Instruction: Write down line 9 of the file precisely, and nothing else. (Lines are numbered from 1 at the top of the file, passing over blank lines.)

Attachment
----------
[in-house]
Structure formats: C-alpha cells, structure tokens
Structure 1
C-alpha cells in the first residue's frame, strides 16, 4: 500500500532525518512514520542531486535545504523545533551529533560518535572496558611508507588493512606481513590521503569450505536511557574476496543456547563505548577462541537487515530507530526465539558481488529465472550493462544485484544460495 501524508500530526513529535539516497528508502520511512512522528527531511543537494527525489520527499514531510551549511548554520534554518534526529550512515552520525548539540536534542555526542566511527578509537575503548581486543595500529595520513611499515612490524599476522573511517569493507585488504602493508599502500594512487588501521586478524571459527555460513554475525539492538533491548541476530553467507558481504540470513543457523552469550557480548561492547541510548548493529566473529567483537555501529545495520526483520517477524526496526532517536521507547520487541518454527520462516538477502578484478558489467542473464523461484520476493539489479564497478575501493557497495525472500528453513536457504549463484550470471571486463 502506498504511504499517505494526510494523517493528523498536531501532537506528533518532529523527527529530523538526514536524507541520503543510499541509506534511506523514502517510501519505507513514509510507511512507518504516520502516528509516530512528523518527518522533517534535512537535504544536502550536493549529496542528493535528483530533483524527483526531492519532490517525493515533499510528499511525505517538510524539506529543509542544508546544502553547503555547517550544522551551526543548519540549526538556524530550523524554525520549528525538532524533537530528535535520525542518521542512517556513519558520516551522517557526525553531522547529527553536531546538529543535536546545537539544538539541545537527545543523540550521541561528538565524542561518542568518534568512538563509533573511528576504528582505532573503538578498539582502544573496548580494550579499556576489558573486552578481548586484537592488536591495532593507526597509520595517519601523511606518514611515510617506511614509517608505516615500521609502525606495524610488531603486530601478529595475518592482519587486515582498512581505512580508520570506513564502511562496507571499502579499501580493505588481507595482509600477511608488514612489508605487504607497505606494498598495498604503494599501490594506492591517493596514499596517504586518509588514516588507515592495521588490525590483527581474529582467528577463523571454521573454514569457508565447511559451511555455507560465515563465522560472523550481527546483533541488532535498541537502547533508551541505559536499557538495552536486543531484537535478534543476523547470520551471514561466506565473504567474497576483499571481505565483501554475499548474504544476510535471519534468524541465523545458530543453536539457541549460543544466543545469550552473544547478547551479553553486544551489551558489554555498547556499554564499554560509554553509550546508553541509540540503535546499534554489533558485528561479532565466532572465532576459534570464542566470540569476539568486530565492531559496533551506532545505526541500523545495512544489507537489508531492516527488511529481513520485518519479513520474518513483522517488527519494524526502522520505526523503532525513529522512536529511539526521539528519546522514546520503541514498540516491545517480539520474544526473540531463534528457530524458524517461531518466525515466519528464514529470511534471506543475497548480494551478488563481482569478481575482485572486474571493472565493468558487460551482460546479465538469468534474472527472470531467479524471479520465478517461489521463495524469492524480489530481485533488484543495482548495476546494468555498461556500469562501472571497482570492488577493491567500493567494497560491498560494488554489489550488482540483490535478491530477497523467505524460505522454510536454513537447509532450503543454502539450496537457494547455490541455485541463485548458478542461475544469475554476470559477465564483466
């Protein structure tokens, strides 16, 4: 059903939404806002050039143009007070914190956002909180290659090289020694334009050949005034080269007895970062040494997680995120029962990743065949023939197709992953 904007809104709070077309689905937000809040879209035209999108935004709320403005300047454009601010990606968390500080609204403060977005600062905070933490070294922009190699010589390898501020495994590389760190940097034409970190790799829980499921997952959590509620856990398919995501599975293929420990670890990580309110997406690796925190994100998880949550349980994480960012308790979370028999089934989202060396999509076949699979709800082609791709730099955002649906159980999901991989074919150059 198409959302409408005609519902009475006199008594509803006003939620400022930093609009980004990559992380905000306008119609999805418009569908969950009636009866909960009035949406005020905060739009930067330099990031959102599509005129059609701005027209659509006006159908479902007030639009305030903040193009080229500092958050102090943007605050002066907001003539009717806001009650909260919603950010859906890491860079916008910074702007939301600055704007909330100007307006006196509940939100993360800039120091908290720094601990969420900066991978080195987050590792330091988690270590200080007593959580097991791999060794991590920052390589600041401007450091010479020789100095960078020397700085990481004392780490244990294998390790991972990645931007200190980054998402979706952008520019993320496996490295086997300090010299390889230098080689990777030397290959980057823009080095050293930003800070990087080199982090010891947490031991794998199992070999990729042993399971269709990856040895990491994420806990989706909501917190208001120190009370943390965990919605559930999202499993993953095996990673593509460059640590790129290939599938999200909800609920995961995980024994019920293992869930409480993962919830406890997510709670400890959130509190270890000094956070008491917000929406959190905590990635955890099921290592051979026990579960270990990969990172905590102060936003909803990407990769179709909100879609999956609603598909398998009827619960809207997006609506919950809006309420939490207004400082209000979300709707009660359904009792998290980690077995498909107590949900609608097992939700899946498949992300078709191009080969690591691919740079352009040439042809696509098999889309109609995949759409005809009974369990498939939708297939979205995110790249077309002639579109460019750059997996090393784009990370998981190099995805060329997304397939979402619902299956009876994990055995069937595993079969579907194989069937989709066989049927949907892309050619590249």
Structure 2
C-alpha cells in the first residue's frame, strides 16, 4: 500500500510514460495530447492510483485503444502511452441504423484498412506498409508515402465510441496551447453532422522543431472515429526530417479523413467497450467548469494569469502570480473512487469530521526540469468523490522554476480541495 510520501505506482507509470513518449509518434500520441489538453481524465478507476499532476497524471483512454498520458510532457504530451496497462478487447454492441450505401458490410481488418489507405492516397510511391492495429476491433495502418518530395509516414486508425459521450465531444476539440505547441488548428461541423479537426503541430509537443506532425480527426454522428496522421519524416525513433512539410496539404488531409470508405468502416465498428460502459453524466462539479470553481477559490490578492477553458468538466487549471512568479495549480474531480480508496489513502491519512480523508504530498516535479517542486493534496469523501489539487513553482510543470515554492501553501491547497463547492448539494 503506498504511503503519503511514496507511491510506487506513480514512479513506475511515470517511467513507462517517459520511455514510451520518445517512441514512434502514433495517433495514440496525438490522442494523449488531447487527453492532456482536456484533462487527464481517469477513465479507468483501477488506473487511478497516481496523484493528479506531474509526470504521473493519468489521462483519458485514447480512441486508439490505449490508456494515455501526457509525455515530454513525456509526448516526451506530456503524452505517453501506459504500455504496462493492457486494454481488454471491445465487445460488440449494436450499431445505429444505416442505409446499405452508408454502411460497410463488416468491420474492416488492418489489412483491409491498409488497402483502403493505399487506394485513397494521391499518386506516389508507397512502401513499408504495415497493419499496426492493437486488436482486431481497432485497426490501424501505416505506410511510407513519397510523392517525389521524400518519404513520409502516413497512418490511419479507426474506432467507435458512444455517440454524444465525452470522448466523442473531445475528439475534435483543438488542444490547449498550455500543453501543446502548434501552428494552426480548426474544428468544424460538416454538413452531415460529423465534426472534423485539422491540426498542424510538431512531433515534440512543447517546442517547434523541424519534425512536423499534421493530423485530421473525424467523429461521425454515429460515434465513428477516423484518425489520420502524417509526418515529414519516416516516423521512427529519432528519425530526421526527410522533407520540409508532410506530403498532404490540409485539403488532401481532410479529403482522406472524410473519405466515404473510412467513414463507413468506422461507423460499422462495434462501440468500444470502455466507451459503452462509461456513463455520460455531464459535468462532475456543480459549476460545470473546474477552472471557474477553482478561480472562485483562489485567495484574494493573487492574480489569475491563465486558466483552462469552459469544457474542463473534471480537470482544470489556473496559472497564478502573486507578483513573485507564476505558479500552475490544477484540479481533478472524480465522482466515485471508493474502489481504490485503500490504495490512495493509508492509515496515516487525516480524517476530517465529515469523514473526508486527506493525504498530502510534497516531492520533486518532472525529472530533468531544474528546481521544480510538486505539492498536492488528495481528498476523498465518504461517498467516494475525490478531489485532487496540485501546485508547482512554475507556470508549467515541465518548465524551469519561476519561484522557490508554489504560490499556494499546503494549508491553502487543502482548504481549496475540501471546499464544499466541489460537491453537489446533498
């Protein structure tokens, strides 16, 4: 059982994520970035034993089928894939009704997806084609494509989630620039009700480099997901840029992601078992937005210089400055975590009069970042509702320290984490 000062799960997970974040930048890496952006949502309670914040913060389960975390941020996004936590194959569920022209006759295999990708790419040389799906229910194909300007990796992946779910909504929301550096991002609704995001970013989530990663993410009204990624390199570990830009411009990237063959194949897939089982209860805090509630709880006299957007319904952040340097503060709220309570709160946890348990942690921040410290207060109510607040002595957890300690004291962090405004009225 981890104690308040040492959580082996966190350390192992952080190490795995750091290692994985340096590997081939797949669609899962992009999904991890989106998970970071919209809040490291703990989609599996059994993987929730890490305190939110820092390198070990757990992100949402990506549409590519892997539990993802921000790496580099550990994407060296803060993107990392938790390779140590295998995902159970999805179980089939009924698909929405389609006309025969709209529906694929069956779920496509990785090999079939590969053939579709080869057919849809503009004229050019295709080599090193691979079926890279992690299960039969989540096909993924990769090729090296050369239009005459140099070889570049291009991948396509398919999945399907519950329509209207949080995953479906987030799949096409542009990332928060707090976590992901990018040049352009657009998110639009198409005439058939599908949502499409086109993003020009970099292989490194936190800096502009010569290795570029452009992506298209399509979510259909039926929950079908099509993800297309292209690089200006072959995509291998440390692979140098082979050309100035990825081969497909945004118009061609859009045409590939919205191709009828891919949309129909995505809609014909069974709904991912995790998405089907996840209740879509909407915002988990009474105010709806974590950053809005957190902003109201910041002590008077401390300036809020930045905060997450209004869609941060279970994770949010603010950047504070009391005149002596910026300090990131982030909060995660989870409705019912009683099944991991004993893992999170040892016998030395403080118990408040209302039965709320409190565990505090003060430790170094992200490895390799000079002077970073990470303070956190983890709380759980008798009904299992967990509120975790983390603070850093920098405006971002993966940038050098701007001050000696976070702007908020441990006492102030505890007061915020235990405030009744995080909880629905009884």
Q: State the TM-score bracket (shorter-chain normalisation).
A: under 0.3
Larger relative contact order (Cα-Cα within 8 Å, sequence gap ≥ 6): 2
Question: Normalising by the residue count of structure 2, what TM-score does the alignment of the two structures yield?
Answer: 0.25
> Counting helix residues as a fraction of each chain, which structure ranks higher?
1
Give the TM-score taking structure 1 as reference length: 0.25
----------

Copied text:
Q: State the TM-score bracket (shorter-chain normalisation).